Hope Star from Hope, Arkansas on October 15, 1935 · Page 1
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Hope Star from Hope, Arkansas · Page 1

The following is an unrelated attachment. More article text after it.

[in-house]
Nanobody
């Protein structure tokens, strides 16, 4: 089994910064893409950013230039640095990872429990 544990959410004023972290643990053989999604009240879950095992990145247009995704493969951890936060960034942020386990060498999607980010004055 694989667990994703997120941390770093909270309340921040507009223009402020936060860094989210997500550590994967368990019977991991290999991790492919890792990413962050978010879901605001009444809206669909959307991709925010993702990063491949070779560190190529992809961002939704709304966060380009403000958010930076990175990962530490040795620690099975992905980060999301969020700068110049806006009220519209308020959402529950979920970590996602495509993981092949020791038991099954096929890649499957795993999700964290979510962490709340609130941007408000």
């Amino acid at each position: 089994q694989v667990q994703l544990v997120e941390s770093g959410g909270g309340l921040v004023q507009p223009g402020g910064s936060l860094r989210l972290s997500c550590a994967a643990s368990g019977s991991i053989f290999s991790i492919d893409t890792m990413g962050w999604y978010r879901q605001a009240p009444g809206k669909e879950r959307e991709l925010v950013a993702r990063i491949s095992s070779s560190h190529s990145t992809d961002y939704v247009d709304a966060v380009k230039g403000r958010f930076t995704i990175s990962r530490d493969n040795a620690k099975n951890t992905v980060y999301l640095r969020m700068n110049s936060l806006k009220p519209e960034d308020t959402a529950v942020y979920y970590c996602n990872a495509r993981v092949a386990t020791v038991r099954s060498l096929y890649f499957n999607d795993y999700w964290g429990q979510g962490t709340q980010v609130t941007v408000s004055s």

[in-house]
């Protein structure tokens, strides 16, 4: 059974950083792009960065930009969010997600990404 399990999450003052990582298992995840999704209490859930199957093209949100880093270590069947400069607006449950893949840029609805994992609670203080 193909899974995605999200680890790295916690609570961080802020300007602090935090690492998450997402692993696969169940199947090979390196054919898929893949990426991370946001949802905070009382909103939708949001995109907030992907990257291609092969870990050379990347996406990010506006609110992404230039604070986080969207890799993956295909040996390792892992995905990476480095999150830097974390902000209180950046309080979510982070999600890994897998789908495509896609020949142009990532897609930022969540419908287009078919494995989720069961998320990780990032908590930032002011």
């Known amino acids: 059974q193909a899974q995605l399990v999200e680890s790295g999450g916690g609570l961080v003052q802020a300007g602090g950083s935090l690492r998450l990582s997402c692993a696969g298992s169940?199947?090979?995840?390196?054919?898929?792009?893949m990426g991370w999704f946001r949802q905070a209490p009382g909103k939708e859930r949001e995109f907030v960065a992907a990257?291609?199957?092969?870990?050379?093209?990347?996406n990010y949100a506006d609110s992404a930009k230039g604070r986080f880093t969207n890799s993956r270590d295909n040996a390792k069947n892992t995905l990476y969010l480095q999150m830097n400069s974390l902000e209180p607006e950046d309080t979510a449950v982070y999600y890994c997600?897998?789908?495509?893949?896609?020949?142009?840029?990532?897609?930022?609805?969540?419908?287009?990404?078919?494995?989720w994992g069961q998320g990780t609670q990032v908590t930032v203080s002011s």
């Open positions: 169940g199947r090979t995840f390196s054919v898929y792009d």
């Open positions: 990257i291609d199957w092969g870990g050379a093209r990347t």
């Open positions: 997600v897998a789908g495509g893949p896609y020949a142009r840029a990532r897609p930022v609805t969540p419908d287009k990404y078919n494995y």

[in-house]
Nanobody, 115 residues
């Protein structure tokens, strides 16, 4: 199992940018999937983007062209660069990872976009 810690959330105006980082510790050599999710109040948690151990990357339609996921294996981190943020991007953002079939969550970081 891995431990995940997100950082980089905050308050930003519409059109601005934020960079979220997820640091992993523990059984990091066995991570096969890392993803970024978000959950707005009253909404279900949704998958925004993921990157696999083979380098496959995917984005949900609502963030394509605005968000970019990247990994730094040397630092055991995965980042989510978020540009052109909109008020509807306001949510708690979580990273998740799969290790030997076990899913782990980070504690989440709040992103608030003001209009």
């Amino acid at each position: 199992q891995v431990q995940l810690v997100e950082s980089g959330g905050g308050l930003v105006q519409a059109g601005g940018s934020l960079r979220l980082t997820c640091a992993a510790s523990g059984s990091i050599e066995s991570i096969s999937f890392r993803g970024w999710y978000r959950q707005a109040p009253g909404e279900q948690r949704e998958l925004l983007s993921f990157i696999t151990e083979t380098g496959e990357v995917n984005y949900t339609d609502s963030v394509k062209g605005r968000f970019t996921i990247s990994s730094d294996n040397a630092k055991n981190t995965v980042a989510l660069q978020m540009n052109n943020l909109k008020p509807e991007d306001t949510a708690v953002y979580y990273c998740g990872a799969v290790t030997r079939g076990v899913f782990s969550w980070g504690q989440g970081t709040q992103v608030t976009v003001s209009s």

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, t, ," I Pwc t ftt-o nm A tftfttt Hit IIB" ««rnulhorHy, hnvft* uhdftt «* «s»rtlm. And I wy unto one, CHn olid he (Wthe; and t6 another, ettine, mid lie roittcth! and to my servant, do thl*. Mid h* j dix-th It.—St. Luke Ml. Hope % , *£ • *<" r*V-V r *',f»i, ,- v %??IP/fl3w; ! '{?'<} "'*•», •* >, ., .',»- ( ;• , ' '' ' 1* '" / '*>'? „" ' Arkansas •* Partly dottdy Tuesday night and Wednis**" " day. VOLUME 37—NUMBER 2 , (NTCA) — Mntnn N<-w.-Hp«ppr Untn-jirli'o Ass'l. HOPE, ARKANSAS. TUESDAY, OCTOBER 15, 1935 «>i.if of Hope 1899; frcsa, 1927; January 18, 1929. PRICE 6c Ctiffifr URGES EXPORT Here and There -Editorial By ALEX. H. WASHBURN- HTHE question as to what to do about America's ovcr-rcjfu- 1 latccl, over-financed, and under-managed railroads, becomes steadily more complicated. t9 Hero on my desk is a long letter of complaint from the Spokane (Wash.) Spokesman-Review. As you have been reading from time to time in the papers, a movement is under way to lighten the tremendous load of government regulation of the railroads. The rails acr no longer n transportation monopoly. Highway trucks arc giving them a run for their money. The question is: Should regulation he piled just as heavily on the trucks as it is on the railroads, or should all regulation be relaxed a bit in the interest of lower transportation costs? We have been inclined to the latter view—but the Spokesman-Review says "No." Speaking up for the coastwise and coast-to-coast shipping industry, the Washington paper says: The only barrier thnl prevents the railroads from crippling or destroying competitive forms of tran;:portalion, as they did destroy water transportation 40 years ago, is the long antl short haul clause of the fourth i-ection of the Interstate Commerce Act. This act was originally passed by congress in 1887, after the railroads had run the steamers off the Mississippi and other rivers, and destroyed the shipping from coast to coast, by cutting railroad rates to certain points on the water, and offsetting their losses with higher rates for shorter hauls to other points. XXX Some consideration must be given to preserving coatswise shipping, it is true—but the Spokesman-Review argument is robbed of much of its pow- Measures of New Deal Placed Before High Court AAA and TVA Laws Taken Under Advisement by U. S. Supreme Justices EARLY AAA~VERDICT Court Sustains Michigan State Tax Up to $250 on Chain Stores WASHING-EON-(/I 1 )--The supreme court agreed Monday to measure the New Deal's farm and Tennessee valley programs by the yardstick of the constitution which already has ruled cut NRA. In docketing n potentially historic term the tribunal received the unprecedented action of a state attacking a Roosevelt administration law. Georgia, whose Gov. Eugene Talmadge is a Roosevelt foe, asked permission to challenge constitutionality of the Bankhcad cotton control act. Chief Justice Hughes said the court would consider Georgia's request. The tribunal agreed last spring to review a Texas case involving the Bankhead cotton ginning tax. Of more immediate importance to' cri so f ar as the terrorizing of inland the administration was the high co'mmunities is concerned. court's agreement to pass on the con itutionaHty of ; the AAA's processing resident Roosevelt has indicated congress may be asked to levy new taxes to supply the 5500,000,000 estimated necessary to fulfill existing benefit payment contracts. Involved in the TVA case is governmental sale of surplus power—a keystone of the New Deal's policy of netting up a government standard for measuring private power cosUs. Store Tax Upheld The validity of the Michigan chain store tax in effect was upheld. At the request of all parties to the controversy, the court dismissed an appeal by the C. F. Smith Company and 20 other coiporations and 15 nidi- viduals challenging the tax. The Michigan Supreme Court had sustained the graduated annual license tax on chain stores running from $10 for each store in excess of one, when not more than three are operated under the same ownership or control, to $250 for each store in excess of 25. May Advance AAA Cast- Just when the AAA and TVA case will reach the court for argument was ArkadelphiaTeam to Play Bobcats at 7:45 Tuesday Luckless Badgers Off to Bad Season But Will Give Locals a Fight HOPE HAslEJIG EDGE Tuesday Night's Game Is Benefit for Hope Band- boys' Uniform Fund The Hope High School football team Iccms BS a henvy favorite to win over the Arkndelphm High School Badgers when the two tenms meet here Tuesday night. The dope points to a Bobcat victory by several touchdowns. Conch Haminons plans to make the game interesting, and will send his reserves into action if the regular team is nblo to run up a safe margin. Several of the first-lsring squad are nursing injuries received in the El Dorado panic last Friday, which is a further reason to rely on reserve players. j The Arkaclclphia squad has nn un- j impressive record this .season. The [ team is light and inexperienced. Ac- i cording to weights released Tuesday by Conch George Emory, the heaviest j man on 1he team weighs only 155 pounds. The is Franklin, right tackle. The ' adclphia backficld averages slightly '.lor ihan IM'jxmnds, weights given ,6ut by the Arkadclphia coach, show. Tickets arc on sale at Garner's Pressing parlor. The auxiliary of the Hope Boys band is sponsoring the game and half the proceeds, after expenses* arc subtracted, will go to the band uniform fund. The game starts at 7;45 p. m. The Bobcats will be playing their Fights Italy's No. 2 Enemy Two Brothers of Escaped Prisoner Implicated Here Jack Howard, Negro, Has Apparently Made Good Escape Form Courthouse HEARINGS M O N D A Y Joyful After Kidnap Acquittal Miunuiiin" ... ~~ . . . . _ „ . . i-'-^---« Trucking lines today offer inland ' fifth game of the season, having won towns a fair rates. reliable competitor for rail- itt' 5'rc:incliupd- to make up- (Continued en page six) Thief Gets Away With Angry Bees ButTulsa Police Are Look' 01 ' Badly-Stung Apiary Raider TULSA. Okla. — (/P) — Somewhere around Tul.sa Monday was a thief who had 10,000 "tough cookies" in his possession. J. W. Broad, apiarist, imported to police that someone had stolen two hives of bees from him. "Just look for somebody that's been stung," Broad told police. "Those bees arc tough cookies. They've been eating honeysuckle nectar all summer and that has the same effect on bees as fresh, raw mciit does on a bulldog." FLAPPER FANNY SAYS: We can not ignore the shipping case entirely—but on the other hand the nation is going to do something about the railroad problem, and the probability is that final action will be drastic. The whole problem has turned .around since the old days when Scn- jator Robert M. LaFollette—father of the present senator—argued that the government ought to buy the railroads. The railroads were then a dangerous monopoly, and were making money. Today they are not a monopoly, they are not making money, and they owe almost as much money as the federal government does—about 20 billion dollars, against the government's 30 billions. There is a temptation to turn the railroads loose, as regards present regulation, and let the bankers and railroad managers and their men work out the difficulties and debts the best way they can. Something has to be done, and it is almost a foregone conclusion that any parly which advocated the government's purchase of the railroads in their present condition would be smashed by an outraged taxpaying public. Tne only alternative is to withdraw regulation over such distances as trucks can profitably compete with the railroads—and then wail for results to determine future policies. two and lost two. nEG. U. B. PAT. OFF. Canadian Election Swept by Liberals Former Premier McKenzie King Triumphs Over Conservative Bennett OTTAWA, Caniida-(/I>)—The Liberal party under the leadership of former Premier MacKcnzic Kang Monday defeated the Conservative party administration of Premier R. B. Bennett, and on the basis of election returns late Monday night will direct destinies of the new Canadian government. The Bennett government was removed from office on a wave of anti- administration votes that started in the Maritime!! and rolled westward At 10:45 p. in., the Liberals had won 135 scats of the 245 in the House of Commons, enough to give them a clear majority over all parties. Craft Unions at Stake in A. F. of L. Alternative Is Organization of Each Industry in One Big Union ATLANTIC CITY., N. J.—Wj—After a year of bitter factional strife, two rival groups of American Federation of Labor building trades unions shook hands and made peace Monday night. They agreed to refer their issues to a board of three members from each side, with a neutral chairman. This board is to work out a plan for rc- crganization of the federation's Building Trades Department. Craft unionists won the first round in the batlle over how workers in mass production industries should be organized. The convention's resolutions committee voted, eight to seven, lo recommend that the convention reaffirm its present policy that mass production workers should be organized into indsutrial unions with due protection of the jurisclictional rights of already-established craft unions. The minority will submit, a report to the convention calling for adoption of the following policy recommended in a resolution submitted by about 50 federal unions: That the federation "promote the organization of industrial, national and international unions in the mass pro- jductkm industries, with jurisdiction jover all workers employed in their jropectivc industries, irrespective of craft or trade." The scrap is over whether one bi« union should be formed .in each big industry, or whether the'machinists' union, for instance, should organize all the machine shop .workers in all industries. While the generals direct the i fighting on the front, Dr. Aldo Ciistellnni (above), Italy's most famous specialist in tropical disease?, IIPS sailed for Africa to direct the madical cnrp in Us battle agalnrl (hose tropical ailments that are second only to the Ethiopian army as Rome's greatest enemy. Mystery Clouds Itinerant's Death Body of Man Found in Lo. cal' Woods Held at Morgue for Identification " Information leading to the identity of a white man who died late Monday afternoon in Josephine hospital was sought Tuesday by Coroner .T. H. Weaver. The man. aged about 60, was found unconscious in the woods near Guernsey at noon Monday. He was brought to the hospital here but failed to're- gain consciousness. There was no marks of violence on the body. Nothing in his clothing pointed toward identification. A bottle of white pills, with no label on the bottle, was found in his clothing. Coroner Weaver said 'lucsday that the pills may be sent to a chemist to be analyzed. The man was dressed in overalls. He weighed about 160 pounds and the third and fourth toes on his right toot were about half the normal length. Mrs. Laura Hacker, living on a farm i near Shcppard, said that the mtm appeared at her home early Monday and begged for food. She said the man told her he had two half-brothers living on a farm near Tcxarkuna, but mentioned no names. He also said that he had two twin • daughters living in Joplin, Mo., one of whom married a .doctor, the other ii nighlwatchman; but again he gave no names. The body is held at Hope Furniture company-morgue 'pending identification. Mrs. R. F. Rawls Sentenced 2 Years for Forgery— Returned to Memphis Jack Howard, negro, who walked j out of a crowded courtroom at Washington Monday during a short recess cf circuit court, opparently had made good his escape Tuesday. The negro, awaiting trial on a charge of assault with intent to kill, fled into a wnodcd area north of Washington and successfully eluded officers who combed the woods until j nearly midnight. Sheriff Jim Beardcn announced Tuesday that two of Howard's brothers had been arrested and were held i in jail for aiding . Howard in his icscapc. Sheriff Beardcn declared he could produce witnesses who he said saw Howard's two brothers call the negro from the prisoner's row talked with him for a few seconds, and then escorted the prisoner through the crowd to liberty. Hearing Monday A preliminary hearing for Howard's brothers will be held next Monday at Hope. One of Howard's brothers is named Clim. Sheriff Beardcn was unable to recall the other's name. Circuit court adjuorned late Monday until January. The result of the one-day session: Willie Neal, negro, pleaded guilty to assault with intent to kill, and was sentenced to two to 10 - years in the reform School. Neal pleaded guilty to the shooting and wounding of Will Garner of Hope, who was acting as a peace officer during a negro dance several months ago. Mrs. Robert F. Rawls was sentenced to two years on charges of forgery and uttering. The sentences are to run concurrently. After she was sentenced. Mrs. Rawls was turned over to Memphis authorities to answer a charge there. Woman Acquitted A circuit court jury returned a ver- Prosperity Peace, Not Secy. Hull Assef ts! 50 Nations of the League t Back Embargo MoVe', ^ Against Italians //' PLANES ARE ACTIVE! Unconfirmed Rumor Rig-;/ ports Ethiopian Thrust' " t at Eritrea „ WASHINGTON.-(/P)-Declarin^'tha| ' the obsolete and blood-stained v in-"" trument" of war cannot cure 'the^' world's economic ills, Secretary - o"£ ' State Hull advocated Tuesday a three-** old International effort for peace and, ; irosperity. • * , He called for the simultaneous'-ac- ^J ion of many countries for the vigor- ,-, >us rebuilding of foreign trade, grad-1 4 ' ual .restoration fl£ monetary stability, ^-S nd an international agreement upon. an organization the principles 'of t .,, ivhich will assure that all important •'' °" aw materials shall become available in reasonable terms when needed, f " Tlie tense ordeal of tUeir trial ended happily by a verdict ot acquittal, Thomas H. Robinson, Sr.. center, and bis daughter-in-law. Mrs. Frances A. Robinson, right, ^erc a ioyCul.patr. aa pictured above, after a Louisville, Ky;, Jury cleared them of a charge ol complicity in the $50,000 kidnaping of Mrs. * Alice Speed Stoll, Louisville society matron. They are shown with-Mrs. Martha Althauser, lett, mother of Mrs. Robinson. Mrs, Robinsbn's husband. M'IMT>T nf Mr« PI*-" is still, a Hunters Seized fifr Mexican Rebels New York Publisher Reports Being Disarmed in State of Sonora DOUGLAS, Ariz,-i(;P)—Five prom.* v...^... j —^ -— inent Americans on a hunting trip in diet "oTacquiUal 'late Monday in the { the revolt-menaced Mexican state of case of Helen Williams, negro woman | Sonora wcre^ reported from several charged with killing her husband, ™ James Williams, near DeAnn about a year ago. The only other jury trial resulted in acquittal for Lula Hood, negro woman, charged with fleecing Mrs. Alice Finley of Guernsey, out of $300 in an alleged confidence game. Nearly all of the money was recovered. Several prisoners held in jail made moncl and their trials were postponed until January. Baylor President Dismisses Co-eds j Neff, Who "Disciplined 3; sources Tuesday to be safe after their guns and ammunition had been seized by an armed band of Mexican raiders. Arthur D. Norcroos, New York publisher, who returned from the interior Monday, reported the encounter .with the rebels. . . • . LasTWar Bonds Refunded by U. S. Bearing Coupons WASHINGTON— (/P)—The Treasury ! Monday announced the "successful" I completion of its refunding operations, which retire the last of the war-time 3 Enlist in Navy at for Smoking, Drops 3 More Outright WACO, Texas.— (/P)— President Pat | Liberty loan bonds. M. Neff of Baylor University, who re- Ur.dersccrlary Coolidge reported that ' i ccntly disciplined three co-eds preliminary returns disclosed 1995,000,- . ,, Station sniuking. dismissed three other out- I ooo of the $1,246,000,000 of Liberties ______ right Monday for what he termed "the . w j,j c h |, avc been called fur payments U S Nuval enlistments from the | Kood of the university" and "unbe- j <„, October 15 had been turned in for Texarkana area for are as follows: J. I. Hill and D. F. Williams, Hora lion; C. O. Watson, Nashville. The men enlisted in the Navy for four years, and were transferred to tht October so far. comin U i-' ljll(lu ' ; t-" I The former governor of Texas—now , ' in hi.s fourth year as head of the Bali- , 1 list institution—read the young worn- J -. en's names at chapel. They were not .inversion into interest-bearing coupons. Both the majority and thc minority Naval training station at San Diego. ' ()f reports will be carried to the conven- ' Calif., for four months training before lion floor Wednesday. beiny assigned to ships of the fleet. (o THE NEW DEAL IN WASHINGTON ,..,,BY RODNEY DUTCHER , o-eds are Vera L. Gurin sophomore, whom he asked for thc "good of the univer- 'sity;" and Ennic Lilly Dewitt of Bali linger and Elnur Louise Wingler of Moody, indefinitely suspended, he said, for "conduct unbecoming Baylor 47 States Adopt 1 JOf) IVpW TflYPS J-jlUU llVTT * CiAvkJ Hauptmahn Gfreir a Federal Appeal Attorney Granted 30-Daj Stay of Execution to Perfect Appeal Case TRENTON, N. J.—(#>)--Bruno Rich ard Hauptmann's execution was stayed indefinitely Tuesday when the Court of Errors and Appeals grantet him an opportunity to appeal his conviction in the Lindbergh murder- kidnap case to the United States Supreme Court. The court gave Egbert Rosecrans one of. the defense attorneys, 30 days in which to ask the supreme court to review allegations .that Hauptmann's constitutional rights were violated in the trial. PWA Projects to Obtain Insurance Underwriters Indicate U S. Jobs Only Will Be Accepted in Clark Co. LITTLE ROCK.—Although officially turning "thumbs down" on writing liability insurance for contractors ot Clark county projects until conditions blamed for excessive personal injury verdicts are altered, members of th< Arkansas Casualty & Surety Under writers Association late Monday pri vatcly left, the door open for S347.00C in PWA projects, threatened by ina bility of contractors lo obtain insur | anee required by ihc government. "Rather than see the county lose these projects because of the condilioi that has existed there, I will urge mj company to underwrite all three o | them," one agent said. "However, we Of Property From ' w '" ncvcr c '° business there again un 01 j. T /-\ j. i. i i til something of a permanent nature i otUte .Levy, (JUtStanCl- jdone to clear this situation up." | One apent said thai none of the com ', panics in the state would be afraid I ing National Goal President Neff did not enlarge upon the reasons for the dismissals. He also i ,.. . „.,„..„„,~7~ _ , ., I underwrite the FWA projects in view read the names of three other students : WASHINGION -(#>)- Every state of thc bljc atlc|Uion ., Ul . act( . d ,„ and as.se.ssed five demerits against i except Virginia, whose legislature <» d j , ncm recently them for reading newspapers in chapel not meet, was shown Monday to have . The pro j ecUs illvolvL . $50000 for a cit.\ WASHlNGTON.-It is contended in effect by both the government and | and climbing over benches in their joined in a game of swatting the tax- |hall t Arkadelphia, 5263,000 for con the "power trust" that thc fight over the holding company act has lost none exit, of its trickery or miscellaneous dirty work at the crossroads since transfer ot The Conservatives had only 31, the i tllc * ccne of battle from Congress to the courts. ! Co-operative Commonwealth Fcdcra- Holding company strategy, maneuv-'*.' tion two, the Independent Liberals j ered by John W. Davis and other big c[m| ., ,.. u , a c i luinct , to ,. U | L ,. two, and the United Farmcrs-Laboritc j Wall Street lawyers, is to get any i , v |{ U/ . z |,,g f or jvj r . Davis only one seat, that in Ontario. I kind of decision adverse to thc act i The Triumphant Liberals, in the i which can be had before December 1. shades of exposition since 1903. took i On Dectmber 1 the act goes into op- Wiis every seat in Prince Edward Island. They won every seat in Nova Scotia, and took nine of New Brunwiek's 10 scats. Into Quebec and Ontario, thc Liberals continued their victory Luch an achievement presumably 6 Quarts of Ice Cream Per Person 1 payer the past year. A compilation prepared for the Na- 'tional Tax association by Raymond E. , Manning of the Library of Congress, i reported that 47 state legislatures en- march, taking constituency after constituency. - - --^r«HB- Ti'iiglcr Viclils Old Masterpiece RABAT, Morocco.—(/Pj—An heroic i Roman statue of a draped woman. (•' i feet, 10 inches high and showing thc Sales This August Increas- hich the government is not 4 dull cbap can't be a gay youug blade. hand of a master, has been found near I Tangier. Experts say it is a funeral I monument of the first century, A. I). ease to party and before the act becomes ef- fectivi. could be used to create great confusion. Holding companies would be encouraged not to register with SEC. to shriek the issue if "unconstitutionality" and. it is believed, to make a orompl fight in Congress for repeal of the act even before the .supreme §2500 of holding company was hazy both as to the the position of Mr. Davis. Nevertheless, Davis, a man uf great 1 dignity, but no great capacity fur stock, but eighty million gallons of ice cream - acted 1.400 new tax laws. He set down 56 of these as new taxes j '(j lc projects. and 65 of them as important rale in- j creates. Of the new ones, there were seven talcs taxes- five personal income, two capital stock, four cigarette, four horse racing, seven olcmargarine. four chain store and two slot machine taxe.s. jstruction and equipment at Hendersoi State Teachers College and 535.000 fo a waterworks at Amity. J. P. Womack president of the college, is among thos who have written the surety com League Orders Embargo ..^ /, GENEVA, Switzerland.— (fP) —The r^ eague of Nations subcommittee for , economic sanctions decided in princl- ,{' jle Tuesday to recommend an em- _' aargo against shipment into Italy -of /' 'key" products—materials Used Ip the'' 5 ! manufacture of war munitions. ,'" v f , The committee then proceeded to/^, draw up a specific list of products* 1 ,, which Premier Mussolini must have if , he continues the manufacture of armi) • aments and supplies for his forces •tnJj? East Africa. i^ '«< The list included zinc, copper, nick-/!; el, tin, coal, wool, manganese andfgas-'" oline. . *• . -' ,'-> J ftuiuoriof.EiHkT.lan DJIBOUTI, French Sdmsfilarid— (Havas, French, News Agency)—Eth-,-*iy- iopian troops penetrated Tuesday into "" a.' section of the Italian colony of Eritrea, north of French 'Somaliland, cutting off several thousand Italian troops from their base. (The Havas report, it should be!noted, comes from neutral territory and not the actual war front. It should be; qualified pending later confirmation.) Aksum Formally. Occupied ROME, Italy— (ff>)— The Italian army formally occupied the Ethiopian holy city of Aksum Tuesday. General Emilio Do Bono's armySjn- tered the city at 7:15 Tuesday morning, an official communique announced. The news was, heralded as "a victory for the Italian cause" not 1 even second to that of-Aduwa. By the Associated Press Italian airplanes flew over Harrar and Diredawa (overnight railroad stop), botli strategic Ethiopian 'points, Tuesday—while farther west bombing planes dispersed troops with explosives near Makale, next objective in the Italian drive from Aduwa. Great Britain's navy engaged in maneuvers at Alexandria, Egypt, where a formidable fleet is concentrated. Hordes of Emperor Selassie's black warriors marched barefoot to the southern front for an engagement with the Italian Somaliland troops which may be the first major battle of 4 the war. Must Talk to League LONDON, Ene.—(/Pi—Any proposals for Italo-Ethiopian peace desired by Mussolini must be submitted to the League of Nations, it was declared in authoritative quarters Tuesday. This expression of the Britsih viewpoint dismissed reports that Monday's conference between Premier Laval, of France, and Sir George Russell Clark, British ambassador to Paris, was in regard to Mussolini's peace proposals. 50 Nation:; Vote Boycott GENEVA, Switzerland—(/ft—Financial sanctions designed to strangle Italy in money matters and force Pre» micr Mussolini to hall his war in Ethiopia were approved Monday night by 50 nations. Tuesday an offeiisice on the economic front will begin. Despite reservations and explanations from •ome countries, events moved swiftly. At the close of one of the most hectic days Geneva has seen since the beginning of the war in Africa, Anthony Eden of Great Britain informed the League that Britain, has lifted an arms embargo against Ethiopia. He created the impression that sending |panics urging that they underwrite | \veapcrs to Ethiopia has begun inconsiderable proportions. Eden announced that Britain's embargo of arms to Italy would be maintained. TlKve steps were the first recommended by the League when it began to apply sanctions. The summary of the financial blockade program calls upon League stfltes ;o make the following transactions im- 4,310 Bales Ginned Here to October 1 Hempstead county cotton ginnings up to October 1 were 4.310 bales. "The motivating force behind many against 10,061 bales for the same per- ! Kissib i e . :>f these new and increased taxes \va* iixl a year ago. according to W. H.I A)1 Direct an d indirect loans .subscriptions to loans, bankers' or other '.•redits, issues of shares or other ttp- oeals for money for the purpose of "taking it," hadn't counted en th issues aiul: Blx quarts to every ptrson—svcre con- _ i sumecl in the United States last year. ! unbalanced budgets, additional relief i Ettcr of Washington, reporter for tlv a eenvention of the International As- j needs, new federal funds to be : U. S. Bureau of thc Census, soeiatii n of lee Cream Manufacturers j notched and a persistent demand for reported Monday. August sales in 1935 , , cc luccd property taxes," he said, were 22 per cent higher than a year j "Many of the slates are in a reuson- the SEC and the Department of Jus(Continued on page three) Development of the two-row radial ago, the delegates said. Vanilla remained the nation's favorite flavjr with ehueolate u close second. ably gcod financial condition. (Continued on page three) Suv- C "S U1C oa " power plant for airplanes j goes back to the period before the j World war. '.btaim'ng funds for the Italian gov- enw.ent or for Italian public bodies (Continued on page two)